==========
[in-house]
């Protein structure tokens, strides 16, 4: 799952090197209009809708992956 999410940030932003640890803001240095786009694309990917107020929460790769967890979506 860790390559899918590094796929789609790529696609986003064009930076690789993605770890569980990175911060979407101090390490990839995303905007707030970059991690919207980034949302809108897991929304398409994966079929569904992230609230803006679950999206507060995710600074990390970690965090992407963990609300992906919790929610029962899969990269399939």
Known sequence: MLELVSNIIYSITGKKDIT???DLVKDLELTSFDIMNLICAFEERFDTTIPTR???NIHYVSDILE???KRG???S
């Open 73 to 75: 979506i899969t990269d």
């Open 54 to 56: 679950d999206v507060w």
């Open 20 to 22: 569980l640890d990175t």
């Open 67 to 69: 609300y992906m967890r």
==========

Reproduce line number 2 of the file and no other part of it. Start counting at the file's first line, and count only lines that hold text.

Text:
């Protein structure tokens, strides 16, 4: 799952090197209009809708992956 999410940030932003640890803001240095786009694309990917107020929460790769967890979506 860790390559899918590094796929789609790529696609986003064009930076690789993605770890569980990175911060979407101090390490990839995303905007707030970059991690919207980034949302809108897991929304398409994966079929569904992230609230803006679950999206507060995710600074990390970690965090992407963990609300992906919790929610029962899969990269399939």